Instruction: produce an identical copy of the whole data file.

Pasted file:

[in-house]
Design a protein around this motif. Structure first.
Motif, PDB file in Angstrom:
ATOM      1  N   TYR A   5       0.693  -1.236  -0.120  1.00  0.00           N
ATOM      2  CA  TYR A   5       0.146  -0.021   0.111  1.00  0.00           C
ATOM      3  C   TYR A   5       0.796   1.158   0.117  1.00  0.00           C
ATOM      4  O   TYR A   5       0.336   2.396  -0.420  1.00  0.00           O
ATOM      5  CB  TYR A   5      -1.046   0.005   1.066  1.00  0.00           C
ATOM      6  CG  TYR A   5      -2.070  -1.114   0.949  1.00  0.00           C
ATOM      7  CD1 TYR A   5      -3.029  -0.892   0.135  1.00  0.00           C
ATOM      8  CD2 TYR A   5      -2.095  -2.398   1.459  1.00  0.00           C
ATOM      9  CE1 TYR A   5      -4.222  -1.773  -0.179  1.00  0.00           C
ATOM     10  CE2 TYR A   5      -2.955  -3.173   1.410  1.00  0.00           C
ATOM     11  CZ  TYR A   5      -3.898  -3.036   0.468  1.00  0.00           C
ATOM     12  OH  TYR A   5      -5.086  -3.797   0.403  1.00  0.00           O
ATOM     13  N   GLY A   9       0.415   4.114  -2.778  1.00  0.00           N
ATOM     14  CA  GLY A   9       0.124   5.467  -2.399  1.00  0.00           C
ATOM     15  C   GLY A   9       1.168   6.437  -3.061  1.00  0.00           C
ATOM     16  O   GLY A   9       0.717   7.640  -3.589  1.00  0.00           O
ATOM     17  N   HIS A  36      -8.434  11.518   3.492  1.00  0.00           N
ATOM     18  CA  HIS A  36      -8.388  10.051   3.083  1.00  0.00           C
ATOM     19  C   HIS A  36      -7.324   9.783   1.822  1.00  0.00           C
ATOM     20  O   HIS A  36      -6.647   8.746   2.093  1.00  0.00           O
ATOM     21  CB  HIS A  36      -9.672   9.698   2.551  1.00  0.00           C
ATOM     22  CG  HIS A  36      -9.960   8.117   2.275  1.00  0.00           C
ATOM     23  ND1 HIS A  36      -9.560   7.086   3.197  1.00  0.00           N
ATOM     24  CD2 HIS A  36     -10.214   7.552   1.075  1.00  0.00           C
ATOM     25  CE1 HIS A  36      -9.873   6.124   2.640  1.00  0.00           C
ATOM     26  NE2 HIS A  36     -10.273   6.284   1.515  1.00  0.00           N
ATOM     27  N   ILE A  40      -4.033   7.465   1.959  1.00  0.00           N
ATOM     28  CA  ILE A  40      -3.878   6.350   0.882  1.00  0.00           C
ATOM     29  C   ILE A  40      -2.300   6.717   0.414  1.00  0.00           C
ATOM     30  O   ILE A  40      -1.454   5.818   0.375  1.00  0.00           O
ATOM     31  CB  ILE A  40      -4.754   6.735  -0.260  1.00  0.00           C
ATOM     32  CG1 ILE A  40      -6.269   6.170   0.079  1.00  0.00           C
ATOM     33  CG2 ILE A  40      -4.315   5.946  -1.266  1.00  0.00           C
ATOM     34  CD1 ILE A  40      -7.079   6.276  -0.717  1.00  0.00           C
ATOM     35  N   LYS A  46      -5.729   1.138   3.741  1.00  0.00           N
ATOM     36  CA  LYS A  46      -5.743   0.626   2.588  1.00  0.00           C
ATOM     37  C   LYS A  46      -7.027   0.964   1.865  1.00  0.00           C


[in-house]
Design a protein around this motif. Structure first.
Motif, PDB file in Angstrom:
ATOM      1  N   TYR A   5       0.693  -1.236  -0.120  1.00  0.00           N
ATOM      2  CA  TYR A   5       0.146  -0.021   0.111  1.00  0.00           C
ATOM      3  C   TYR A   5       0.796   1.158   0.117  1.00  0.00           C
ATOM      4  O   TYR A   5       0.336   2.396  -0.420  1.00  0.00           O
ATOM      5  CB  TYR A   5      -1.046   0.005   1.066  1.00  0.00           C
ATOM      6  CG  TYR A   5      -2.070  -1.114   0.949  1.00  0.00           C
ATOM      7  CD1 TYR A   5      -3.029  -0.892   0.135  1.00  0.00           C
ATOM      8  CD2 TYR A   5      -2.095  -2.398   1.459  1.00  0.00           C
ATOM      9  CE1 TYR A   5      -4.222  -1.773  -0.179  1.00  0.00           C
ATOM     10  CE2 TYR A   5      -2.955  -3.173   1.410  1.00  0.00           C
ATOM     11  CZ  TYR A   5      -3.898  -3.036   0.468  1.00  0.00           C
ATOM     12  OH  TYR A   5      -5.086  -3.797   0.403  1.00  0.00           O
ATOM     13  N   GLY A   9       0.415   4.114  -2.778  1.00  0.00           N
ATOM     14  CA  GLY A   9       0.124   5.467  -2.399  1.00  0.00           C
ATOM     15  C   GLY A   9       1.168   6.437  -3.061  1.00  0.00           C
ATOM     16  O   GLY A   9       0.717   7.640  -3.589  1.00  0.00           O
ATOM     17  N   HIS A  36      -8.434  11.518   3.492  1.00  0.00           N
ATOM     18  CA  HIS A  36      -8.388  10.051   3.083  1.00  0.00           C
ATOM     19  C   HIS A  36      -7.324   9.783   1.822  1.00  0.00           C
ATOM     20  O   HIS A  36      -6.647   8.746   2.093  1.00  0.00           O
ATOM     21  CB  HIS A  36      -9.672   9.698   2.551  1.00  0.00           C
ATOM     22  CG  HIS A  36      -9.960   8.117   2.275  1.00  0.00           C
ATOM     23  ND1 HIS A  36      -9.560   7.086   3.197  1.00  0.00           N
ATOM     24  CD2 HIS A  36     -10.214   7.552   1.075  1.00  0.00           C
ATOM     25  CE1 HIS A  36      -9.873   6.124   2.640  1.00  0.00           C
ATOM     26  NE2 HIS A  36     -10.273   6.284   1.515  1.00  0.00           N
ATOM     27  N   ILE A  40      -4.033   7.465   1.959  1.00  0.00           N
ATOM     28  CA  ILE A  40      -3.878   6.350   0.882  1.00  0.00           C
ATOM     29  C   ILE A  40      -2.300   6.717   0.414  1.00  0.00           C
ATOM     30  O   ILE A  40      -1.454   5.818   0.375  1.00  0.00           O
ATOM     31  CB  ILE A  40      -4.754   6.735  -0.260  1.00  0.00           C
ATOM     32  CG1 ILE A  40      -6.269   6.170   0.079  1.00  0.00           C
ATOM     33  CG2 ILE A  40      -4.315   5.946  -1.266  1.00  0.00           C
ATOM     34  CD1 ILE A  40      -7.079   6.276  -0.717  1.00  0.00           C
ATOM     35  N   LYS A  46      -5.729   1.138   3.741  1.00  0.00           N
ATOM     36  CA  LYS A  46      -5.743   0.626   2.588  1.00  0.00           C
ATOM     37  C   LYS A  46      -7.027   0.964   1.865  1.00  0.00           C